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On the mobile side, Salesforce launched a new version of Salesforce specifically designed for touch-screen devices like the Apple iPad, iPhone and Google Android Devices. Touch.salesforce.com uses HTML5 technology, which Benioff said lets developers build native apps for mobile devices. The new service lets users access Salesforce from smartphones and tablets. Customizations and recently accessed items are synced from touch.salesforce.com among all mobile devices, be them laptops, smartphones or tablets. The first touch.salesforce.com release is slated for general availability in early 2012. The first release will focus on Sales Cloud objects and related customizations, Salesforce said. Touch.salesforce.com will also enhance the Force.com by letting Force.com developers mobilize existing Force.com apps and build new, secure mobile apps quickly and easily.
"All of that hard work, all of the investments … are now running native on these devices," Benioff said.
Salesforce co-founder Parker Harris added: "This technology is going to permeate everything we do."
And for open cloud computing, Salesforce showcased new advancements within two of its key cloud platforms Heroku and Database.com to help developers target the social enterprise to build social, mobile and cloud apps.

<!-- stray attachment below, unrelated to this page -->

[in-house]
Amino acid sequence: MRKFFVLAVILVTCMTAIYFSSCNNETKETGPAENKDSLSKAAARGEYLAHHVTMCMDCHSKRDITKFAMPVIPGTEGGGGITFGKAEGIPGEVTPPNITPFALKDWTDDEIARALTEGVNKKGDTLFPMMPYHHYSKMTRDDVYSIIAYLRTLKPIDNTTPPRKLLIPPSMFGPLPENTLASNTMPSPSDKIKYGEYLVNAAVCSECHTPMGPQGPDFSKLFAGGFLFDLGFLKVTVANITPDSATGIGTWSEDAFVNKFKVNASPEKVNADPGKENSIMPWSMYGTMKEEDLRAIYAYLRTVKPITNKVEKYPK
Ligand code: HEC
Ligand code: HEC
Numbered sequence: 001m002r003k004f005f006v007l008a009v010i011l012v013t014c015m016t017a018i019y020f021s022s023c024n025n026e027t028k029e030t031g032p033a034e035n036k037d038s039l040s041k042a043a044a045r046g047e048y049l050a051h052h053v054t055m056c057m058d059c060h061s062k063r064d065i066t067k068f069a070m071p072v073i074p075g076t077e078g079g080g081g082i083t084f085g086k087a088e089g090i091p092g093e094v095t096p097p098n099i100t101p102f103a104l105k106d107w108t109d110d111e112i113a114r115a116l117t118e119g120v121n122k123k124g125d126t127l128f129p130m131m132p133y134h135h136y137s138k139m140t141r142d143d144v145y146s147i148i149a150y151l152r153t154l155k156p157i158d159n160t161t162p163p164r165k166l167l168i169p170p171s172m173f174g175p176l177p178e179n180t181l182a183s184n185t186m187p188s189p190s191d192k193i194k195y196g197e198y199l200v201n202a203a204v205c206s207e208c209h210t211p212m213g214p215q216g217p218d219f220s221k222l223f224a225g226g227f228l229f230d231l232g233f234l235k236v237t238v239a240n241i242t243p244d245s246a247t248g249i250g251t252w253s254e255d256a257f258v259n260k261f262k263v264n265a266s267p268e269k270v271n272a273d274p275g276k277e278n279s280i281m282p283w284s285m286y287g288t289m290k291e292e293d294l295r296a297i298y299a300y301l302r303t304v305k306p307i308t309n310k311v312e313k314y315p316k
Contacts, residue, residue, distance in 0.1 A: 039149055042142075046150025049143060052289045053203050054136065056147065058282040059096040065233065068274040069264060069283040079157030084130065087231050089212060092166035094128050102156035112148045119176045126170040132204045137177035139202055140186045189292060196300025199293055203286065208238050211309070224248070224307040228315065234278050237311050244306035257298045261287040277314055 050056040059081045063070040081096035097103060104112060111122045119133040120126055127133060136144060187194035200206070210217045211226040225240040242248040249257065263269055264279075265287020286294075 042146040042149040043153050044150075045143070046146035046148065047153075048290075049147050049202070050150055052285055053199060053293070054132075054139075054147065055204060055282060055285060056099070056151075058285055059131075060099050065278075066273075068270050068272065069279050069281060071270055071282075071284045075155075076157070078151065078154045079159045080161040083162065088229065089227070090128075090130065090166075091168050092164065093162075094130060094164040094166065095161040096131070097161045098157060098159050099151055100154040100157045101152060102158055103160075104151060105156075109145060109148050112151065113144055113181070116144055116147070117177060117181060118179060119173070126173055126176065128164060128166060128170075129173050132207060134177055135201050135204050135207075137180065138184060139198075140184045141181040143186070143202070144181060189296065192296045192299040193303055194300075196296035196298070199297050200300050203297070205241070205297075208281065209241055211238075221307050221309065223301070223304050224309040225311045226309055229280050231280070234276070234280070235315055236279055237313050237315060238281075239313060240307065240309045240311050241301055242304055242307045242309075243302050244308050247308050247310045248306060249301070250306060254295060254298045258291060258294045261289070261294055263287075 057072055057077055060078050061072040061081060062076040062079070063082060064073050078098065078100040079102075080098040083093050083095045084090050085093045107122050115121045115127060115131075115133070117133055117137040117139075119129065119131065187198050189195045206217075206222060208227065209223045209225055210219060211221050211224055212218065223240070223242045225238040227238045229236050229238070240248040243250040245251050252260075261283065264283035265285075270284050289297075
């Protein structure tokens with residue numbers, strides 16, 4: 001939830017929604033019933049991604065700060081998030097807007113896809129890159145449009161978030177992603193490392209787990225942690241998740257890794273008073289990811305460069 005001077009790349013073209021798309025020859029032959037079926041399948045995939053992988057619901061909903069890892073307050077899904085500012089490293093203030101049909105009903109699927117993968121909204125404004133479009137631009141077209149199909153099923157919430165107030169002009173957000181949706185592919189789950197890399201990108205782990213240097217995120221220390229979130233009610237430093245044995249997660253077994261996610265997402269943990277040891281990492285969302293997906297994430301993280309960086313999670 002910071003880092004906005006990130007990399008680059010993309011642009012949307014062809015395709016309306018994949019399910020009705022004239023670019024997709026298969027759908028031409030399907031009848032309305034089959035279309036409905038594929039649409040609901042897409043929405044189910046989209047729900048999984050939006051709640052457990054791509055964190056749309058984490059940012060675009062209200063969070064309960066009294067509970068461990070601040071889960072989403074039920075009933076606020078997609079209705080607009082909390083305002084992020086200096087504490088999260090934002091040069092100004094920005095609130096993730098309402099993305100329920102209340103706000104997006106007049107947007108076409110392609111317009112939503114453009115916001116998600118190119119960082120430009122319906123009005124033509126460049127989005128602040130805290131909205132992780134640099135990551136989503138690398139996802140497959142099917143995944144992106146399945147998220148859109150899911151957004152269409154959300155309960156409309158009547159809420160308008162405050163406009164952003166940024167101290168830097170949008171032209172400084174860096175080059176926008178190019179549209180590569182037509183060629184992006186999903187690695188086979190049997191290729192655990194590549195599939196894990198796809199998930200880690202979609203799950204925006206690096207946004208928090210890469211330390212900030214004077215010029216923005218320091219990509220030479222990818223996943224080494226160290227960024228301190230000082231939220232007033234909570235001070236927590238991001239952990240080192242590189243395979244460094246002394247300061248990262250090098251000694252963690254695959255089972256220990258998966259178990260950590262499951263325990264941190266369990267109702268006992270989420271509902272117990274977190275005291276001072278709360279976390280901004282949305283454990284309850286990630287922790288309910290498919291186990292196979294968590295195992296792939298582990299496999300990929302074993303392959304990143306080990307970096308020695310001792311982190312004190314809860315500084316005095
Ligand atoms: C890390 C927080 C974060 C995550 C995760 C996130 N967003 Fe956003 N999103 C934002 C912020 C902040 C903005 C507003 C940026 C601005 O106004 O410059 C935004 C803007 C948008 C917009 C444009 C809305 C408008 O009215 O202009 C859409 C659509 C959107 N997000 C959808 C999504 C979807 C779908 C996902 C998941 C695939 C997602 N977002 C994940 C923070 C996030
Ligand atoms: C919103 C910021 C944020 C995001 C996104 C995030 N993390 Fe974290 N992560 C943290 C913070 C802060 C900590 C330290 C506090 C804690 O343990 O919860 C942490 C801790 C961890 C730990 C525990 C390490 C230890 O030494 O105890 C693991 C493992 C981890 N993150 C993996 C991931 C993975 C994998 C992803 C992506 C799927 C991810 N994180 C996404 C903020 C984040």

First, Heroku for Java opens the door to Java developers and adds new language support to Heroku, which has long been a Ruby-based platform. Salesforce acquired Heroku last year and the platform now supports Java, Ruby on Rails, Clojure and Node.js.
Salesforce also showed off an With another Chatter update that has open cloud computing at its heart, Chatter Connect opens up chatter to third-party applications, using a REST API developers can integrate chatter into other applications, like intranets and portals, custom mobile apps and enterprise apps. Salesforce also launched Chatter for SharePoint, which lets users embed Chatter feeds into SharePoint MySite or TeamSite and share documents from SharePoint to Chatter.
Meanwhile, Database.com, Saleforce's underlying multi-tenant cloud database service for developers, is now generally available and Salesforce has launched Database.com Data Residency Option, which lets companies keep readable versions of sensitive data where they want and still fulfill all data requirements while using Database.com. Data can stay in a user data center or in a Salesforce data center.
"This lets you take data that may be in your data center and include it in your Salesforce.com applications," Benioff said.